Noel did not provide a breakdown of those cases, though the overwhelming majority would be among the 9.5 million veterans enrolled in VA care.

Only one active duty service member has died of coronavirus – a sailor aboard the USS Theodore Roosevelt who died in a naval hospital in Guam last month. A National Guard soldier died in a civilian hospital in March before he was mobilized. And VA has only cared for a handful of civilians after its emergency response mission was activated.

Veterans advocates pointed to the deaths as a reminder of the greater toll on the community.

Read the full story about the toll on veterans here.

Massachusetts Gov. Baker unveils phased-in reopening plan 

BOSTON — Gov. Charlie Baker on Monday laid out a phased-in approach to gradually restart the Massachusetts economy, which was largely shuttered nearly two months ago as the state ramped up its fight against the coronavirus pandemic that has claimed nearly 5,800 lives.

In the first phase to begin Monday, manufacturing and construction will be allowed to reopen provided they follow guidance and standards meant to protect against the spread of the virus. Houses of worship will also be allowed to resume services if they can also follow social distancing guidance. Outdoor services are encouraged.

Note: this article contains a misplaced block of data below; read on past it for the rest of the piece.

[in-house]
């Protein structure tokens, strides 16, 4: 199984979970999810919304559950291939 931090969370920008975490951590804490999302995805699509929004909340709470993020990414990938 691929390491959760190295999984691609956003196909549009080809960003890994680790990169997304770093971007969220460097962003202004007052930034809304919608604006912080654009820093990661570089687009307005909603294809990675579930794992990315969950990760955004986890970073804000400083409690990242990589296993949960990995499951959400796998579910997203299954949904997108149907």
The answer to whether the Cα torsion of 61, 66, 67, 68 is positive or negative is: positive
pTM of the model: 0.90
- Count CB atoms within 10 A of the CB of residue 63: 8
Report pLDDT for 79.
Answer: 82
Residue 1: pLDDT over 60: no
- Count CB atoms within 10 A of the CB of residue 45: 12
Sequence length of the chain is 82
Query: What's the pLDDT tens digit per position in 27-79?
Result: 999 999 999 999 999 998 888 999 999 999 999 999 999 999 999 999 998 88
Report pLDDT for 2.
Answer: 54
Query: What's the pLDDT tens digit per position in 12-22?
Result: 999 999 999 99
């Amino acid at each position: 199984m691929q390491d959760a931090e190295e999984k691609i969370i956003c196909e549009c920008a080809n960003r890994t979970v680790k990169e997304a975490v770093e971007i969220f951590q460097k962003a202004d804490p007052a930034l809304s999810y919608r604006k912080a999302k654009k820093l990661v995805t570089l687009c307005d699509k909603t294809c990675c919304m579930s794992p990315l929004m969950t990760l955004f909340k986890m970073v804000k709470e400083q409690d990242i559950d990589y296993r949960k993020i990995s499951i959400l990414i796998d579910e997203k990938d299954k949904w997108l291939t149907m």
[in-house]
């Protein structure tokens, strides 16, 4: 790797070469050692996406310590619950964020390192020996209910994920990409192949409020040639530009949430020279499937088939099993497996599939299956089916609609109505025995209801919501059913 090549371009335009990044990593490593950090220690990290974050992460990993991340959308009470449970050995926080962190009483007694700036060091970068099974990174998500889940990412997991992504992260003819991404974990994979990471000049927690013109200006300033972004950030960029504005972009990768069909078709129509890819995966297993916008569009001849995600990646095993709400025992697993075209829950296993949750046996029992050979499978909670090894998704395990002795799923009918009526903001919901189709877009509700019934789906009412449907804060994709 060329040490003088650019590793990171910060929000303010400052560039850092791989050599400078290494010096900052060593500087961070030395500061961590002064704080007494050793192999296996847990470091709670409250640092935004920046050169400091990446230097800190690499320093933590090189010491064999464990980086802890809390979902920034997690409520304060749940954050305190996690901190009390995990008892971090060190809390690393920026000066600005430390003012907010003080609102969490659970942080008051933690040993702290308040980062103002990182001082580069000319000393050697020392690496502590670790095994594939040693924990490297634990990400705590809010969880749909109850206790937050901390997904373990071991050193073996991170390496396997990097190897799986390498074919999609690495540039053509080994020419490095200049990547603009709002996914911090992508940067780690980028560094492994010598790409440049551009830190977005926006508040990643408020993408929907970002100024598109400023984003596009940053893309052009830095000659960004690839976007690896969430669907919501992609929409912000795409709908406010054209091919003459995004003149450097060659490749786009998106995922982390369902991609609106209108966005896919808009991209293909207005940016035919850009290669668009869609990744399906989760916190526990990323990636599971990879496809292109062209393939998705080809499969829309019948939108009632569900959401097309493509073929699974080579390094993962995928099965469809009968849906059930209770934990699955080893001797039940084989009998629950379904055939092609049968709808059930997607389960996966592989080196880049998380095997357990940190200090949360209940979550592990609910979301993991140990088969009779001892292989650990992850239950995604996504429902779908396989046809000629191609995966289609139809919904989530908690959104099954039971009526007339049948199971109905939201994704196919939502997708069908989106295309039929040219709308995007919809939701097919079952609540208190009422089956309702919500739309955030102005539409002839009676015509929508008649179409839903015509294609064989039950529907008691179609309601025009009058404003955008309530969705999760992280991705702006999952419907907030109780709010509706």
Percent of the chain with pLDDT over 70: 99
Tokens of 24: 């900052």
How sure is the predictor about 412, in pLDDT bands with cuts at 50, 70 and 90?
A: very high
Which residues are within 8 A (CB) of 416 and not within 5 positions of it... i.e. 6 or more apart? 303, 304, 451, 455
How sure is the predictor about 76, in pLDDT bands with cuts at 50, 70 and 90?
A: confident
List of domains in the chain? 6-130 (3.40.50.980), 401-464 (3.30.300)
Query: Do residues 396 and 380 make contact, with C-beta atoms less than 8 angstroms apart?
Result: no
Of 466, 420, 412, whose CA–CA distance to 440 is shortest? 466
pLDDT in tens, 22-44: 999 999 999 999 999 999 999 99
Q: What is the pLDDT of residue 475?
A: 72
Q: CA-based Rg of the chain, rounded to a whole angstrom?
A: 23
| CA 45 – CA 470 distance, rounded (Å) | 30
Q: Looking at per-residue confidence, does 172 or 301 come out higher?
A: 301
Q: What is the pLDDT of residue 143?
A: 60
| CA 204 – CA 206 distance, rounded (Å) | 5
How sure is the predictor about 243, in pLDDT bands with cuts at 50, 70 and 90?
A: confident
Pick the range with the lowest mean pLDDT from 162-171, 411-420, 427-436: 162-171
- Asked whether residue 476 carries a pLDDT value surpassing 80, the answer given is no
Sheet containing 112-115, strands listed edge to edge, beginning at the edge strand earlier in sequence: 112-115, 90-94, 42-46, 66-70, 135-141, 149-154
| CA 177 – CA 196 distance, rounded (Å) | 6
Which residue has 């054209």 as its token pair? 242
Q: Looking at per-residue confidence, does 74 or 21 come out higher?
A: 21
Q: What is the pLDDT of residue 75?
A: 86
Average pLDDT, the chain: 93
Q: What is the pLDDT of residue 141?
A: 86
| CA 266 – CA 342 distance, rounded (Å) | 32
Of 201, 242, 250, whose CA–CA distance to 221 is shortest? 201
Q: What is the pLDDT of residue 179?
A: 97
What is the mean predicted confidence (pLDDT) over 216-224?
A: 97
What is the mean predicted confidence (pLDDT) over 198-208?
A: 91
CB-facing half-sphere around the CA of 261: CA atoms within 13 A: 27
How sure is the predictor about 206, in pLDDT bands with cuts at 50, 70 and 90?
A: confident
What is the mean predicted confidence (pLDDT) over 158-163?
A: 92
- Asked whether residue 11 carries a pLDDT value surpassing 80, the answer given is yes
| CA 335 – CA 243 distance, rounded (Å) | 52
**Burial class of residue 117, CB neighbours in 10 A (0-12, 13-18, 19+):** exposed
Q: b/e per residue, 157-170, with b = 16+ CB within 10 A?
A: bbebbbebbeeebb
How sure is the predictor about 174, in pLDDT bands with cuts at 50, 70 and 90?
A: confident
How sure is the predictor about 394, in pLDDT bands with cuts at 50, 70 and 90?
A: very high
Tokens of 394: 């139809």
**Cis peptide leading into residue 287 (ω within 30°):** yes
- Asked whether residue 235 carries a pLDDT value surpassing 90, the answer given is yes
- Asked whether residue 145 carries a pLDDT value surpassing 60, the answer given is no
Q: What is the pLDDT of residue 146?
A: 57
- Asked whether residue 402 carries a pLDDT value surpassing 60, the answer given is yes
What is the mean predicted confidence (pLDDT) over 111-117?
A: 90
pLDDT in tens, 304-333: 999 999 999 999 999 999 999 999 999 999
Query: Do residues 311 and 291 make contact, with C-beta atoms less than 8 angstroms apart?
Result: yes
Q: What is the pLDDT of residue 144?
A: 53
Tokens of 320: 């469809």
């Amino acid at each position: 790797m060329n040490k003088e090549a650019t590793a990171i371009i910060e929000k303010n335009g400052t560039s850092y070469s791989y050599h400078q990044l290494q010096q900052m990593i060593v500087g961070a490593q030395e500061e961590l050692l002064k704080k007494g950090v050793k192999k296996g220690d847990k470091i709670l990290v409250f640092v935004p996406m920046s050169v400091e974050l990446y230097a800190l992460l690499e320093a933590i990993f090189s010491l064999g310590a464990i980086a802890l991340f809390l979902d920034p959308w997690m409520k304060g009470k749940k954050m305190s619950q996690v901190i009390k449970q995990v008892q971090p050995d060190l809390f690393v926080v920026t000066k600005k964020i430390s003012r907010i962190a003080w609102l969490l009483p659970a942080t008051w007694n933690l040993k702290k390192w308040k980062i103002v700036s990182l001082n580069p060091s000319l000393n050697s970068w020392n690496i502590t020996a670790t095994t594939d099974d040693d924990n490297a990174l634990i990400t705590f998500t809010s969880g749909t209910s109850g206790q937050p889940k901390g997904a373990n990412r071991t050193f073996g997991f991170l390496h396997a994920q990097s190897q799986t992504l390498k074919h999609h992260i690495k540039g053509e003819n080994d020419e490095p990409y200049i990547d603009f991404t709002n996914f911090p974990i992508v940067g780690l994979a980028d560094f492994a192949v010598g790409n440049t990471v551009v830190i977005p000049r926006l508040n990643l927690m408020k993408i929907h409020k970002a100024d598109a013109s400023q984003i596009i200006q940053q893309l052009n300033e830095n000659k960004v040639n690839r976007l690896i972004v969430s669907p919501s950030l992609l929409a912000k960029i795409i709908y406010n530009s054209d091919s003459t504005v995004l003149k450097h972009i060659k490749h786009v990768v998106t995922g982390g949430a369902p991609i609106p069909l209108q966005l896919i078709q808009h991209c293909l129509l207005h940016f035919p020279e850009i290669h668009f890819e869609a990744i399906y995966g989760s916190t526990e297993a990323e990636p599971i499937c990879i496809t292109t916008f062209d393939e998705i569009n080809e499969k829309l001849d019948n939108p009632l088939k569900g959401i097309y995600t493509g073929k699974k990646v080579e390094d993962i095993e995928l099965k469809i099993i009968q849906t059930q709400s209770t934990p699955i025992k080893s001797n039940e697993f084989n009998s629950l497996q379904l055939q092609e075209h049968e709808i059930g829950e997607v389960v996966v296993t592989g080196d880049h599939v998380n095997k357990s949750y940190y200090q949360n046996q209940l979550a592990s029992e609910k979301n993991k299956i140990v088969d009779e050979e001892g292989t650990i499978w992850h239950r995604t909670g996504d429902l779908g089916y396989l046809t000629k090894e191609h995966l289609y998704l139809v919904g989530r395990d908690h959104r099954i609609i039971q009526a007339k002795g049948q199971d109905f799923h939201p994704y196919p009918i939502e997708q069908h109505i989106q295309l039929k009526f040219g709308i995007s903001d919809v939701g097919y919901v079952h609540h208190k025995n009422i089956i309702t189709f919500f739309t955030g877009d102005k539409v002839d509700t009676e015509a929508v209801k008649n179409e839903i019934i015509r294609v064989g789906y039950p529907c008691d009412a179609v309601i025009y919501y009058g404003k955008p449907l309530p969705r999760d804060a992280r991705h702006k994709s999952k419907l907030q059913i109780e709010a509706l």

People jog on Revere Beach during the coronavirus pandemic, Saturday, May 16 in Revere, Mass. AP Photo/Michael Dwyer

On May 25, lab and office spaces can reopen as well as some personal services such as hair salons, pet grooming and car wash locations. Retail business will be allowed to do remote fulfillment and curbside pick-up. On June 1, some office space can reopen in Boston.

Also as part of the first phase of reopening, hospitals and community health centers will be allowed to provide high-priority preventative care, pediatric care and treatment for high risk patients and conditions.

Some recreation will also be allowed to reopen on May 25 as part of phase one as long as they adhere to social distancing guidance. That includes parks, drive-in theaters, some athletic fields and courts, most fishing, hunting, and boating, outdoor gardens, zoos, and reserves.

The plan calls for continued proper hygiene, maintaining social distancing protocols, and continuing to mandate the use of masks or other facial coverings in public places.